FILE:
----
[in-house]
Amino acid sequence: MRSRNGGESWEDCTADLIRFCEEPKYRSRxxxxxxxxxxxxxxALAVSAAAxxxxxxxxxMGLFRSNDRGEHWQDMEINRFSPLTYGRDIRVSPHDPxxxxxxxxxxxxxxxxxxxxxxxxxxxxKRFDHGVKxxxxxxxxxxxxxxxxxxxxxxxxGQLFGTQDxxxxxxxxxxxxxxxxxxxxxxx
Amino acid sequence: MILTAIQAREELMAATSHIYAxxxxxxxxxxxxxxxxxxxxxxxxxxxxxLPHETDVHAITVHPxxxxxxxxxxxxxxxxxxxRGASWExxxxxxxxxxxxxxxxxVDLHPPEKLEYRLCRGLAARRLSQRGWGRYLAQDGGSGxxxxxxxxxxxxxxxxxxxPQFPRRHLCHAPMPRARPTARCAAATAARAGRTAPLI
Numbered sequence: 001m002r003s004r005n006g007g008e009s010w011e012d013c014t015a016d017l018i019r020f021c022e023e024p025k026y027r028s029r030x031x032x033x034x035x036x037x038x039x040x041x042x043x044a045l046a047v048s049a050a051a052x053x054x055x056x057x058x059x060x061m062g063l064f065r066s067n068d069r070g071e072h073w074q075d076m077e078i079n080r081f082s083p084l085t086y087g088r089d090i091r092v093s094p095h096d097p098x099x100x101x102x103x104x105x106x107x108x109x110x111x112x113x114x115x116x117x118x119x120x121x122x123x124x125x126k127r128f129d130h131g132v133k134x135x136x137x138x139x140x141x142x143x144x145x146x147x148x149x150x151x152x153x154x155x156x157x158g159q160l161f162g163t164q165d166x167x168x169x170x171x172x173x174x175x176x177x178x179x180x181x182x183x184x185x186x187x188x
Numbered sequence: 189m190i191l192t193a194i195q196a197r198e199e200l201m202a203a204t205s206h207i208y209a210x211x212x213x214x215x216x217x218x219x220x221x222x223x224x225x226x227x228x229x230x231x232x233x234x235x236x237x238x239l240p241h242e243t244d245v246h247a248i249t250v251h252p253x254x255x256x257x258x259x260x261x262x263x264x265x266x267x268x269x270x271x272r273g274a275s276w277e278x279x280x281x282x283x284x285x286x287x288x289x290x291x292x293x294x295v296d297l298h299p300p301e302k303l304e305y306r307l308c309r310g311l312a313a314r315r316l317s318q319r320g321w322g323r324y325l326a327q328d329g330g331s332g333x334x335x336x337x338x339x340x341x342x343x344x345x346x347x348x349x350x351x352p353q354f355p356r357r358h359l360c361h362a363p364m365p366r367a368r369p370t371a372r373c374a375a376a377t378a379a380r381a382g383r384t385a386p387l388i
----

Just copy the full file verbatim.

[in-house]
Amino acid sequence: MRSRNGGESWEDCTADLIRFCEEPKYRSRxxxxxxxxxxxxxxALAVSAAAxxxxxxxxxMGLFRSNDRGEHWQDMEINRFSPLTYGRDIRVSPHDPxxxxxxxxxxxxxxxxxxxxxxxxxxxxKRFDHGVKxxxxxxxxxxxxxxxxxxxxxxxxGQLFGTQDxxxxxxxxxxxxxxxxxxxxxxx
Amino acid sequence: MILTAIQAREELMAATSHIYAxxxxxxxxxxxxxxxxxxxxxxxxxxxxxLPHETDVHAITVHPxxxxxxxxxxxxxxxxxxxRGASWExxxxxxxxxxxxxxxxxVDLHPPEKLEYRLCRGLAARRLSQRGWGRYLAQDGGSGxxxxxxxxxxxxxxxxxxxPQFPRRHLCHAPMPRARPTARCAAATAARAGRTAPLI
Numbered sequence: 001m002r003s004r005n006g007g008e009s010w011e012d013c014t015a016d017l018i019r020f021c022e023e024p025k026y027r028s029r030x031x032x033x034x035x036x037x038x039x040x041x042x043x044a045l046a047v048s049a050a051a052x053x054x055x056x057x058x059x060x061m062g063l064f065r066s067n068d069r070g071e072h073w074q075d076m077e078i079n080r081f082s083p084l085t086y087g088r089d090i091r092v093s094p095h096d097p098x099x100x101x102x103x104x105x106x107x108x109x110x111x112x113x114x115x116x117x118x119x120x121x122x123x124x125x126k127r128f129d130h131g132v133k134x135x136x137x138x139x140x141x142x143x144x145x146x147x148x149x150x151x152x153x154x155x156x157x158g159q160l161f162g163t164q165d166x167x168x169x170x171x172x173x174x175x176x177x178x179x180x181x182x183x184x185x186x187x188x
Numbered sequence: 189m190i191l192t193a194i195q196a197r198e199e200l201m202a203a204t205s206h207i208y209a210x211x212x213x214x215x216x217x218x219x220x221x222x223x224x225x226x227x228x229x230x231x232x233x234x235x236x237x238x239l240p241h242e243t244d245v246h247a248i249t250v251h252p253x254x255x256x257x258x259x260x261x262x263x264x265x266x267x268x269x270x271x272r273g274a275s276w277e278x279x280x281x282x283x284x285x286x287x288x289x290x291x292x293x294x295v296d297l298h299p300p301e302k303l304e305y306r307l308c309r310g311l312a313a314r315r316l317s318q319r320g321w322g323r324y325l326a327q328d329g330g331s332g333x334x335x336x337x338x339x340x341x342x343x344x345x346x347x348x349x350x351x352p353q354f355p356r357r358h359l360c361h362a363p364m365p366r367a368r369p370t371a372r373c374a375a376a377t378a379a380r381a382g383r384t385a386p387l388i